Fourier transform infrared spectroscopy

The compatibility study of AZT, stearic acid, and the other surfactants was performed by attenuated total reflection (ATR) at ambient temperature using a Bruker Model Alpha E (USA) through direct sampling. The microfine powered drug was sprinkled on the ATR crystal. This facilitated the refraction. The fourier transform infrared spectroscopy (FTIR) spectra of the physical mixture of drug and excipients thus obtained ascertained the compatibility of the drug with the excipients.18

Stability studies

The nanoparticles of AZT were stored in capped glass vials at 40±2°C/75% RH±5% RH for 90 days. Samples were evaluated periodically for particle size, drug content, and % release at the end of 30, 60, and 90 days.14

Differential scanning calorimetric study

The differential scanning calorimetric (DSC) thermograms of pure drug, stearic acid, blank formulation, and AZT loaded SLNs were recorded using a Mettler-Toledo differential scanning calorimeter (Mumbai, India). A suitable quantity of sample was weighed and heated in a closed pierced aluminum pan at a scanning rate of 10°C/min between 30 and 200°C and with 20 mL/min nitrogen flow.


Drug content

The drug content of nanoparticles of AZT was in the range of 88.03% to 97.86%. The high shear homogenization method for preparing SLNs of azithromycin with varied proportion of stearic acid and different surfactants at different concentrations was found to be effective. The results are summarized in Table 2.

Entrapment efficiency and drug loading

To achieve high entrapment of drug in the different concentration of lipid matrix of stearic acid, the type and concentration of surfactants were varied in the ratio from 1:1 to 2:1. It was observed that as the drug was moderately lipophilic the entrapment efficiency of the drug in the matrix was highly satisfactory. The range of the percentage entrapment and drug loading was in the range from 69% to 89% and 23% to 30%, respectively, and is summarized in Table 2.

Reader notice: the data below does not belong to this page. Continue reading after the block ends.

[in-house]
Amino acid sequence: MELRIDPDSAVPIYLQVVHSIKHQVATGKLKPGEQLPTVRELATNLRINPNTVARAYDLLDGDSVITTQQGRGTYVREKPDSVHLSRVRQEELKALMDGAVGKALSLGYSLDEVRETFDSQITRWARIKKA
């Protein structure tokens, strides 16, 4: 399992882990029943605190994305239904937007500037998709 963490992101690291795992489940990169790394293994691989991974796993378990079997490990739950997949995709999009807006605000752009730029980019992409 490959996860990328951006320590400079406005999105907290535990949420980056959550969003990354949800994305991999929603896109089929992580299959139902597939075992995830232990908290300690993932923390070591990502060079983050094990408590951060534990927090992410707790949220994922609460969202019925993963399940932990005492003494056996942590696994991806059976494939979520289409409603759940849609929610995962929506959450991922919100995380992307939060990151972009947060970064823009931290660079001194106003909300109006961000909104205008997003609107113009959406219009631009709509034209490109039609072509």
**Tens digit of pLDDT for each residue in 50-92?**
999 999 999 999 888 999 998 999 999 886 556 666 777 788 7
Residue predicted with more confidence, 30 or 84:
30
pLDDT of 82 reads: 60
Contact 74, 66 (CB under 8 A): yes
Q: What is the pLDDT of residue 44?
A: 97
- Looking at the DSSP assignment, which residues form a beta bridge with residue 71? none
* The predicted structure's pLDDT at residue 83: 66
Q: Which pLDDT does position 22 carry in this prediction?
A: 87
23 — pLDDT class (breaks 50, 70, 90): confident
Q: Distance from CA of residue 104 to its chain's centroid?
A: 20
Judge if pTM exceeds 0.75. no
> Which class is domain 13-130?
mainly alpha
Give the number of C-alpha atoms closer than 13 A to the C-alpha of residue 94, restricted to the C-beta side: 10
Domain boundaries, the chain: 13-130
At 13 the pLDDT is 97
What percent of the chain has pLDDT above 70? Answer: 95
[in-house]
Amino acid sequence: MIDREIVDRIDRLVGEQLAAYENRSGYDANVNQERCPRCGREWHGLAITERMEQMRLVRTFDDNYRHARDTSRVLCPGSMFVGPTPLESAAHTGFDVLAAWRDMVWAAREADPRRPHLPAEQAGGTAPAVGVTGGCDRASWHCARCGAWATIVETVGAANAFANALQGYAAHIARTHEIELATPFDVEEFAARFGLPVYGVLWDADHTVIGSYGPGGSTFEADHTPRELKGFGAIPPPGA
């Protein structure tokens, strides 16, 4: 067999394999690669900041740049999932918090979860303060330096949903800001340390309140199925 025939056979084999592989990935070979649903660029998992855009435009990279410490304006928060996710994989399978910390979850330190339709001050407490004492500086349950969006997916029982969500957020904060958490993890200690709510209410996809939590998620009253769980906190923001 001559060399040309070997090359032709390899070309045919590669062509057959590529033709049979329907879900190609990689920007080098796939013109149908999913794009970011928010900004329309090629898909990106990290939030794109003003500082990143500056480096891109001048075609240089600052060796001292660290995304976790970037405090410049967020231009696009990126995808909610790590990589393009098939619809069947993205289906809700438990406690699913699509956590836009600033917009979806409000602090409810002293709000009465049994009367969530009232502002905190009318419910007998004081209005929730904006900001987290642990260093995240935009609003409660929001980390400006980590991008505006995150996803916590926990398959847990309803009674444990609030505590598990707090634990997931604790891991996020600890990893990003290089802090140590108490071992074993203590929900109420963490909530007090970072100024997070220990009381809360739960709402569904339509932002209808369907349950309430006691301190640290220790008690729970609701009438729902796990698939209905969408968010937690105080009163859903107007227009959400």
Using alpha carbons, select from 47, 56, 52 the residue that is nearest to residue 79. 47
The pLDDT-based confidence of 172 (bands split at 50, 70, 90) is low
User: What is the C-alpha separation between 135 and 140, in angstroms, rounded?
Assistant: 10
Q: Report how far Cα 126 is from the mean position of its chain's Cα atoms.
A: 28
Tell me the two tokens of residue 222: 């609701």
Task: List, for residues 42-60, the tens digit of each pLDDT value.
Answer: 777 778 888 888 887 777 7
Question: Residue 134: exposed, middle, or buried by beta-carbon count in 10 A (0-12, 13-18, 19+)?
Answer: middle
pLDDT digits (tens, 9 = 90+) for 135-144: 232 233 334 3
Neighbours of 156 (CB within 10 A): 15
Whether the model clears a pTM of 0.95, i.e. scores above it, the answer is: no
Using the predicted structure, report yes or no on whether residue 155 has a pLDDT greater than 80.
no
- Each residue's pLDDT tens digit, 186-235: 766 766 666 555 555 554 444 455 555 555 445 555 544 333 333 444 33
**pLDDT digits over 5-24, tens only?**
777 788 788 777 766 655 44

Cumulative drug release

In vitro release of the AZT loaded nanoparticles in phosphate buffer pH 6 was studied in a USP type II dissolution apparatus over 45 min. Data from the percentage release of drug from the SLNs are illustrated in Figures 1, 2, and 3. Formulations (F1, F5, F9, F4, F8, and F12) containing high lipid surfactant ratios showed less drug release within 45 min. This may be attributed to the hydrophobicity of the matrix and affinity of the drug to the lipid component. Formulations containing relatively high amounts of surfactant (F3, F7, and F11) showed improved dissolution probably due to a reduction in interfacial tension with the increase in surfactant concentration. Better release was obtained from formulations with 1:1 ratio of lipid and surfactant. Formulations F2, F6, and F10 showed better release than any other formulations. This may be attributed to the effect of the concentration of surfactant on the physical properties of the nanoparticles. Poloxamer 188 was the best probably due to its low molecular weight and thereby low viscosity and high HLB compared to other surfactants, which enhanced the release of drug from the lipid matrix.19,20

Particle size, PDI, and zeta potential measurement

AZT loaded SLNs that showed the highest entrapment efficiency and drug release were subjected to further characterization of particle size, zeta potential, and PDI as shown in Table 3. The selected formulations showed a mean particle size between 143 and 167 nm. The particles were in an acceptable nanometer range, favored for lymphatic uptake. A PDI less than 1 indicated that the formulations were monodisperse in the system. Estimation of zeta potential helps in determining surface charge and potential stability of the dispersed system. Usually high positive or negative zeta potential is required for SLNs as the same charge results in electrostatic repulsion and thereby avoids aggregation of particles. The zeta potential of the selected formulations F2, F6, and F10 was -30.1 mV, -31.8 mV, and -30.6 mV, respectively.